Do you have a green computer? You might think that a computer doesn’t consume a lot of power. It is just a small box. You might be surprised to learn that a desktop PC consumes 200 to 400 watts of power. Add a 30-inch monitor and add another 750 watts. A refrigerator only consumes about 725 watts. Surprised? Running a green computer isn’t just about power consumption. The EPA cautions consumers that the short lifespan of an average computer combined with the toxic chemicals used to build parts means that the toxic effects of disposing of computers are extremely high.
80 Plus power supplies
The first way to run a green computer is to look for an 80 Plus compatible power supply. These power supplies provide only the energy necessary to function. For example, if you have a 600 watt power supply but your computer requires only 250 watts to run, an 80 Plus power supply will provide 250 watts.
Most conventional power supplies provide more power than a computer needs to run. This wasted energy adds to significant electrical bills, so using an energy efficient 80 Plus power supply saves a ton of money over the course of a year. As an added benefit, the 80 Plus Power Supplies comply with the Restriction of Hazardous Substances Directive and are lead free. Other manufacturers are starting to follow suit and launch green power supplies, so check the market frequently to see what’s available.
Choose lead-free components
Building a green computer isn’t just about choosing a green power supply. Lead and other toxic chemicals are found in almost all computer parts made in the United States, although the European Union has developed a set of regulations governing toxic materials in computer products. Intel released its first lead-free microprocessors in late 2007, followed by lead-free Ethernet adapters. Unfortunately, many of the other manufacturers that supply computer parts to the United States have not yet done the same, and it is still extremely difficult to build a completely lead-free computer.
Until manufacturers transition to lead-free components, using a green computer means recycling materials used in construction. Be sure to properly dispose of and recycle your lead parts. Contact your local officials or waste management specialists for information on computer recycling and hazardous waste disposal in your area. A great way to build a green computer is to buy reconditioned or remanufactured parts and components. Rather than being wasted, those products can reach you, the consumer, at a reduced cost. You get a green computer and save money, compared to the cost of buying new components.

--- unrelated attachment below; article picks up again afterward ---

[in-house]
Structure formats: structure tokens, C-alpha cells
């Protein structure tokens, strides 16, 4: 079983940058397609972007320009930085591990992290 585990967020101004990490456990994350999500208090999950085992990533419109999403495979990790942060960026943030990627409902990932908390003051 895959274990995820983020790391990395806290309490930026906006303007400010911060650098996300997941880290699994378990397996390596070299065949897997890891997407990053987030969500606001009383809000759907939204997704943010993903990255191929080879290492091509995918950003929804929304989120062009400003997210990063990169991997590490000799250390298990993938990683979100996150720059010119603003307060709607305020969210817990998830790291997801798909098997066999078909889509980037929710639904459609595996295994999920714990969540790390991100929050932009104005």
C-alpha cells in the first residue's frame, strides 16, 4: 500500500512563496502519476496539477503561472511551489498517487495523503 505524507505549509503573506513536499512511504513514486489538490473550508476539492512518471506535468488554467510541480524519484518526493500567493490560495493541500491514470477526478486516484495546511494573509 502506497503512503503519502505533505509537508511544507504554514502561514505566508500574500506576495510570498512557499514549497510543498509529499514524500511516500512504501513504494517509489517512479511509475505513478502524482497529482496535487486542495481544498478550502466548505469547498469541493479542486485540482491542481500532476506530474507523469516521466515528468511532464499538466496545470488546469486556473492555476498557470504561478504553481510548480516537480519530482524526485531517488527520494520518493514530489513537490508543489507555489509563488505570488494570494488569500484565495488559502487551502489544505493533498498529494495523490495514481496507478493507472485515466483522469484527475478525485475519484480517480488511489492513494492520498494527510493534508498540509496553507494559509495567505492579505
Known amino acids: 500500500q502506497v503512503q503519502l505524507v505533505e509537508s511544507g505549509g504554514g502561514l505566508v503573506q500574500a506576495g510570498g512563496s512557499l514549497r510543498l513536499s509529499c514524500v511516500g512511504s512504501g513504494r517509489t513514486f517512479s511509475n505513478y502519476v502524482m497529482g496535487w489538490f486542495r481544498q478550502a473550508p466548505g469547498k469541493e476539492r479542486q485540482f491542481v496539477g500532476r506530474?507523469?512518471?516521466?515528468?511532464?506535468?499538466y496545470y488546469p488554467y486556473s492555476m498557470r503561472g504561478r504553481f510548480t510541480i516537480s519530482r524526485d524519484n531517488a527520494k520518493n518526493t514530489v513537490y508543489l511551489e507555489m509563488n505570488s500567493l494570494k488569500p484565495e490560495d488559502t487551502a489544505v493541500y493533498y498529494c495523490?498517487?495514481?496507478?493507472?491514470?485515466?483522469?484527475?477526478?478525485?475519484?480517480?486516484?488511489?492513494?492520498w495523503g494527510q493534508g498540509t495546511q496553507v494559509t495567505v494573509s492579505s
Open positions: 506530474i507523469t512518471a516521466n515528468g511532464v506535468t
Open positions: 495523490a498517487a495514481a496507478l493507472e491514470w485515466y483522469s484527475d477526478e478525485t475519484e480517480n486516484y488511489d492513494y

Look for green manufacturers
With increasing demands for energy efficiency, many computer manufacturers are now offering eco-friendly computers with energy-efficient power supplies and components. Computer manufacturers advertising low-power computers and laptops include Dell, Fujitsu, HP, and Lenovo. Until lead-free components really take off in America, the greenest computer you can get is an energy efficient model from one of these manufacturers.
An easy way to go green with a computer is to use its built-in settings. Both Windows and Macintosh computers include power management features that put the computer, hard drive, and monitor into a low-power sleep mode after a preset period of inactivity. For optimal energy efficiency, choose power management settings of 15 minutes of inactivity or less. When you move the mouse or press any key on the computer, the power management mode is disabled and the monitor, hard drive, and computer are ready for use in a few seconds. Look for this feature on monitors too to maximize energy savings.
Downsizing is another good way to green a computer. Laptops use much less power than desktop computers; 40 to 50 watts compared to 200 to 400, respectively. A smaller flat panel monitor also contributes to a green computer, as power consumption increases rapidly with the size of the monitor.
Look for the Energy Star
The Energy Star program administered by the US government provides guidelines for the energy consumption of most electronic devices. To earn an Energy Star, a computer must offer the lowest power consumption available in sleep, standby, and full use modes. For monitors, a formula based on screen size is used to determine power consumption, but all qualifying monitors must use 2 watts of power or less in sleep mode and 1 watt of power or less when in sleep mode. turned off.
Searching for Energy Star will help you choose an environmentally friendly computer and monitor, but you will find a limited number of options available. Most computers and monitors available today are not Energy Star eligible, but manufacturers are working to reduce power consumption. You may pay more upfront for a green computer, but the investment will pay off over time in energy savings and the knowledge that you are helping to take care of the environment.